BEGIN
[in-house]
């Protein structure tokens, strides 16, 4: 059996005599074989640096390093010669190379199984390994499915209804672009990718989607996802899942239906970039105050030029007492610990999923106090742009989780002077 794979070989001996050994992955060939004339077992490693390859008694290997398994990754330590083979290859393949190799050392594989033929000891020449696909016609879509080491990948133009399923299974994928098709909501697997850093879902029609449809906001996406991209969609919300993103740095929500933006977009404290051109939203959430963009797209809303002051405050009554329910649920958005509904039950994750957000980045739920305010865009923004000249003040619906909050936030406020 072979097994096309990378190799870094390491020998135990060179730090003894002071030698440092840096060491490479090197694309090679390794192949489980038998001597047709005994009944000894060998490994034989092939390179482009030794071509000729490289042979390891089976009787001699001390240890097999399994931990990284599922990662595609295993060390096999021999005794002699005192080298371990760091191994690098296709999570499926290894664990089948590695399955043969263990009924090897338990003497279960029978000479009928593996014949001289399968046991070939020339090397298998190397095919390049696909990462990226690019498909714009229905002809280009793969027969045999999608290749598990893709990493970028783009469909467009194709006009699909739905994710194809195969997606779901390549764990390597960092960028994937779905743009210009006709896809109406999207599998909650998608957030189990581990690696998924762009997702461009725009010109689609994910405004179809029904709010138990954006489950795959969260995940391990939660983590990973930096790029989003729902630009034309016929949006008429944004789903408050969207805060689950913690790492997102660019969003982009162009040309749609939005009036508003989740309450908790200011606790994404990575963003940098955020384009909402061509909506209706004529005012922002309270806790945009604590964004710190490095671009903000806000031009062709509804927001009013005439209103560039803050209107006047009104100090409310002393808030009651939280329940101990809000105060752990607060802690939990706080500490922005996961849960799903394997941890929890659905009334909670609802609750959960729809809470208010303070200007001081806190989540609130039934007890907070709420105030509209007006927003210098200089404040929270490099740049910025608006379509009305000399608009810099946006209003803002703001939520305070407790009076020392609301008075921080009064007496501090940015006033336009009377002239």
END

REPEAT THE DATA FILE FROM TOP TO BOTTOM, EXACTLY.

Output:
[in-house]
């Protein structure tokens, strides 16, 4: 059996005599074989640096390093010669190379199984390994499915209804672009990718989607996802899942239906970039105050030029007492610990999923106090742009989780002077 794979070989001996050994992955060939004339077992490693390859008694290997398994990754330590083979290859393949190799050392594989033929000891020449696909016609879509080491990948133009399923299974994928098709909501697997850093879902029609449809906001996406991209969609919300993103740095929500933006977009404290051109939203959430963009797209809303002051405050009554329910649920958005509904039950994750957000980045739920305010865009923004000249003040619906909050936030406020 072979097994096309990378190799870094390491020998135990060179730090003894002071030698440092840096060491490479090197694309090679390794192949489980038998001597047709005994009944000894060998490994034989092939390179482009030794071509000729490289042979390891089976009787001699001390240890097999399994931990990284599922990662595609295993060390096999021999005794002699005192080298371990760091191994690098296709999570499926290894664990089948590695399955043969263990009924090897338990003497279960029978000479009928593996014949001289399968046991070939020339090397298998190397095919390049696909990462990226690019498909714009229905002809280009793969027969045999999608290749598990893709990493970028783009469909467009194709006009699909739905994710194809195969997606779901390549764990390597960092960028994937779905743009210009006709896809109406999207599998909650998608957030189990581990690696998924762009997702461009725009010109689609994910405004179809029904709010138990954006489950795959969260995940391990939660983590990973930096790029989003729902630009034309016929949006008429944004789903408050969207805060689950913690790492997102660019969003982009162009040309749609939005009036508003989740309450908790200011606790994404990575963003940098955020384009909402061509909506209706004529005012922002309270806790945009604590964004710190490095671009903000806000031009062709509804927001009013005439209103560039803050209107006047009104100090409310002393808030009651939280329940101990809000105060752990607060802690939990706080500490922005996961849960799903394997941890929890659905009334909670609802609750959960729809809470208010303070200007001081806190989540609130039934007890907070709420105030509209007006927003210098200089404040929270490099740049910025608006379509009305000399608009810099946006209003803002703001939520305070407790009076020392609301008075921080009064007496501090940015006033336009009377002239």